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Social distancing, self-quarantine, and many gym closures have made it harder for us to stay active and exercise during this pandemic. While staying at home, our physical actions are likely more limited now than they used to be.



As most of our daily routines remained curbed during this COVID 19 pandemic, also with the challenges of working from home and limited access to fitness facilities, you may be finding it hard to persist to your workout routine. And with a lot of people out of work and struggling financially, staying active can seem like much less of a priority. However, even a slight amount of activity can make a big difference to how well you think and feel. Exercise is one of the powerful tools we have for staying physically and mentally healthy.


Exercise can help reduce depression, stress, and anxiety, and aid in the management of chronic conditions, such as high blood pressure and diabetes. By finding new ways to get moving and staying motivated, you can take charge of your mood and well-being and regain a sense of control during this time of great uncertainty.

While being fit won’t prevent you from catching the virus, it does have other protective effects. Physical activity releases endorphins, chemicals in your brain that help revitalizes your mind and body, and it can help to improve all aspects of your health. In addition to boosting your mood and improving sleep, exercise can also strengthen your immune system, something that is particularly important at this time, especially for older aged adults who are more prone to COVID-19.

Fortunately, there are a lot of ways we can increase our motivation during this time to stay active and keep on working towards our health goals. Here are some tips to help keep you active and healthy during this trying time.


Prioritize your Workout Plans - Put your fitness activities on the same calendar as your regular appointments and stick to your plan.


Workout at the most suitable time for you - Most people maintain a long-term workout program in the mornings. Accomplishing your fitness routine in the morning can energize you and set you in a positive mood for the rest of the day. Others may find it helpful to take a break from work and get moving in the afternoon when their energy is slumping. A spurt of activity can stimulate the brain and help you bustle the rest of the tasks on your agenda.

Focus on your goals and track your progress - Rather than aiming to “get in better shape,” set a concrete goal such as “walk 30 minutes in the morning every day.” Try one of the many fitness trackers or smartphone apps available to keep a record of your progress—or simply use a calendar to record the length of your workout, distance, and effort level. Tracking your progress can help keep you responsible, provide a sense of accomplishment, and encourage you to persevere.


Play with the kids - Play catch or tag, go for a bike ride, shoot baskets, or pass the soccer ball with your kids, or grand kids. Taking the focus away from work or chores and playing together can help keep that strong family kinship.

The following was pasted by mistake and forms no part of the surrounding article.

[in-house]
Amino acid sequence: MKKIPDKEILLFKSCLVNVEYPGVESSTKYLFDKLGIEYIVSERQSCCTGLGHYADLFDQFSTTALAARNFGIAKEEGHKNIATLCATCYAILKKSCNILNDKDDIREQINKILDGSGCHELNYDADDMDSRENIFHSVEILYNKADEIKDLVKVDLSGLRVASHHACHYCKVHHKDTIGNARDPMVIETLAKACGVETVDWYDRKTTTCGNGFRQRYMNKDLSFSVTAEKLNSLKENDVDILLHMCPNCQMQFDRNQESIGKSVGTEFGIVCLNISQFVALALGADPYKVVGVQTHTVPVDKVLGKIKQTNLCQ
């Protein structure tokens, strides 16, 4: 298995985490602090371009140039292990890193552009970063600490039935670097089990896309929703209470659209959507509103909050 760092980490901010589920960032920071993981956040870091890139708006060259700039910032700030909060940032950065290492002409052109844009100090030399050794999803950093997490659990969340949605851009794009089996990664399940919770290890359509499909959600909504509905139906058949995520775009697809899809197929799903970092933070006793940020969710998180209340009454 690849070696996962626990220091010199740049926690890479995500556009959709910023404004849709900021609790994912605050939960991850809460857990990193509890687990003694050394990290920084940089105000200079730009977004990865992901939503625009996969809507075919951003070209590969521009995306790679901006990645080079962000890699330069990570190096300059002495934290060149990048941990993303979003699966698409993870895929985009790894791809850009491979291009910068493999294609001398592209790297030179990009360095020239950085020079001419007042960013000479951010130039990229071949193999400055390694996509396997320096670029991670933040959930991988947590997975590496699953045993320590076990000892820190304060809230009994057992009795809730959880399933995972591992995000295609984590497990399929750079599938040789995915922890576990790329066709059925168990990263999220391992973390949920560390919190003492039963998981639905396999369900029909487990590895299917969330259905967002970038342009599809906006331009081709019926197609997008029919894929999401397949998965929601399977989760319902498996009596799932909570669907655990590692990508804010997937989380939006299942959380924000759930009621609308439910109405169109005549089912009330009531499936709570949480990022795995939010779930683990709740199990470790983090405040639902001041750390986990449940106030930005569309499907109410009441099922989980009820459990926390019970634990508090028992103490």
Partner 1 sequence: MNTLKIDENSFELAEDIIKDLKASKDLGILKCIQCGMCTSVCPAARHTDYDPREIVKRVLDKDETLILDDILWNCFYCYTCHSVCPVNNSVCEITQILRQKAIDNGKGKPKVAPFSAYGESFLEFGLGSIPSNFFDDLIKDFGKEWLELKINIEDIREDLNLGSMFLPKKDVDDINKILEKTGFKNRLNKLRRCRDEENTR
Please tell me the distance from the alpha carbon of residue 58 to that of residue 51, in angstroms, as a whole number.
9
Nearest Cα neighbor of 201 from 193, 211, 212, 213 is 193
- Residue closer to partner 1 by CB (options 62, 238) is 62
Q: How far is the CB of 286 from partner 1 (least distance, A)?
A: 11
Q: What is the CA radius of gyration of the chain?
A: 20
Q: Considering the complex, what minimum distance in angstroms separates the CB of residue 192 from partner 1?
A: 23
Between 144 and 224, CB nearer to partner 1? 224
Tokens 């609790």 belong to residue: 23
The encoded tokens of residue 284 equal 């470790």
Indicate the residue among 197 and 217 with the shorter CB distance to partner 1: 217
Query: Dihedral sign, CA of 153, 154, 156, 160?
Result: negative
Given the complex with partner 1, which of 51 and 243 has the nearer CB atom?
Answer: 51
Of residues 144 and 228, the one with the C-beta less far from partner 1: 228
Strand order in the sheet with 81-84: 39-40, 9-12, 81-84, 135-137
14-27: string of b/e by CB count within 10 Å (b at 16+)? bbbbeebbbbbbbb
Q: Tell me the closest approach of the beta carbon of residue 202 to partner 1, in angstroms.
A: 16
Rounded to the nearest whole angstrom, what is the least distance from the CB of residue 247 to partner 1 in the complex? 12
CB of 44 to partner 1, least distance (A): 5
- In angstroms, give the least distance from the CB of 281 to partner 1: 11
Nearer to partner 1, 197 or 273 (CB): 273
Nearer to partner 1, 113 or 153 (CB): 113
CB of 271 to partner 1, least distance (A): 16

Add more movement into your day - Spending more time at home means slouching more—watching TV, working at the computer, or being on virtual meetings to most of us. But you can still discover other ways to add extra movement into your day. Incorporate household chores into your sitting time: vacuum a room, mop the floor, do some gardening, or wipe down your appliances. Move around while you are on a call, stand during an online meeting, do squats or lunges while you’re waiting for a meeting to start, or jumping jacks while watching TV or during the credits and commercial breaks. Try ‘microwave exercises’ or short bursts of movement like countertop or wall push-ups while you are waiting for the soup to boil or the cake to bake.


Create a home workout area - If you have space available, designate an area of your home to exercise and keep your equipment handy. Try using resistance bands, water bottles, or your body weight to perform resistance exercises. Start by doing push-ups against the wall then progress to doing them against the kitchen counter, the coffee table, and finally the floor. You could do stair climbing too as it is an efficient strength-training activity. It can increase the strength of the leg, thigh and hip muscles while also toning the abdominal muscles.

During this COVID 19 pandemic, it’s important to remember that when it comes to exercise, doing something is always better than nothing. Going for a walk around the block will not only stretch your legs but can help clear your mind too. It might even encourage you to walk a little further the next day.

If the current situation has made it hard for you to do your favorite forms of exercise, don’t beat yourself up and keep exploring with new workouts until you find something that you really enjoy. And if you feel that you are losing your motivation to get moving, focus on how much better you’ll feel after even a little exercise. It also helps to reward yourself for adhering to your exercise program. Take a long, hot bubble bath, for example, make a fruit smoothie, or eat your favorite cake.


Keep this in mind - the healthy habits you build now can help you to stay healthier and happier far beyond this global pandemic.